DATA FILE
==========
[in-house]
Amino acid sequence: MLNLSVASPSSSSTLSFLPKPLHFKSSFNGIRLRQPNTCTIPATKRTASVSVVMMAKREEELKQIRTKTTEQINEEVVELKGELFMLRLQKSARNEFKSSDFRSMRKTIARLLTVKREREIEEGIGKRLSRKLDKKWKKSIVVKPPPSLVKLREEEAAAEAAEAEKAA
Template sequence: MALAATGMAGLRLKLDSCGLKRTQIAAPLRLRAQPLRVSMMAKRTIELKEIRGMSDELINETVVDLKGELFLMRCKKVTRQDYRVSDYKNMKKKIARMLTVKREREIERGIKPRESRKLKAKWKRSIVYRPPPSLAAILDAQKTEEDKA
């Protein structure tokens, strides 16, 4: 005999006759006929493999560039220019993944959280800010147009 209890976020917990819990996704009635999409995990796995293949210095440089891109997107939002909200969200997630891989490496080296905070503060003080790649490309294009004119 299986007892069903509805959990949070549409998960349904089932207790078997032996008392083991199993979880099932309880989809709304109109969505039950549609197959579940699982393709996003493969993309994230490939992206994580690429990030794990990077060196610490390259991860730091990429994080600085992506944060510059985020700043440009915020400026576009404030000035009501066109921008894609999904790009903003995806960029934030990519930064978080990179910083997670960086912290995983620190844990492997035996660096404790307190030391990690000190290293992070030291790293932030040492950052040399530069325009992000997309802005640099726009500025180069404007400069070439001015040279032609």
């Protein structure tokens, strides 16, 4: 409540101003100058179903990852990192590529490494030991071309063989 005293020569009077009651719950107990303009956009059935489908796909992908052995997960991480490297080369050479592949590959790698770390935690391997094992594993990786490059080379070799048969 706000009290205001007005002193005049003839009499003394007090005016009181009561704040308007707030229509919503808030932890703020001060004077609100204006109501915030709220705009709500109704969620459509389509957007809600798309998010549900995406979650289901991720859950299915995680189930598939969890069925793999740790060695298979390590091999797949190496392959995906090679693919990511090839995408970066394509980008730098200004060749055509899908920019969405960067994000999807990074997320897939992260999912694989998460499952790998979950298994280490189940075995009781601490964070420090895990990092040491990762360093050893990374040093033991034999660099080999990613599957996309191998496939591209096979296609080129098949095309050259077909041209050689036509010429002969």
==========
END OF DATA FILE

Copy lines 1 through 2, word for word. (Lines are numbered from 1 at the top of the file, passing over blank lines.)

[in-house]
Amino acid sequence: MLNLSVASPSSSSTLSFLPKPLHFKSSFNGIRLRQPNTCTIPATKRTASVSVVMMAKREEELKQIRTKTTEQINEEVVELKGELFMLRLQKSARNEFKSSDFRSMRKTIARLLTVKREREIEEGIGKRLSRKLDKKWKKSIVVKPPPSLVKLREEEAAAEAAEAEKAA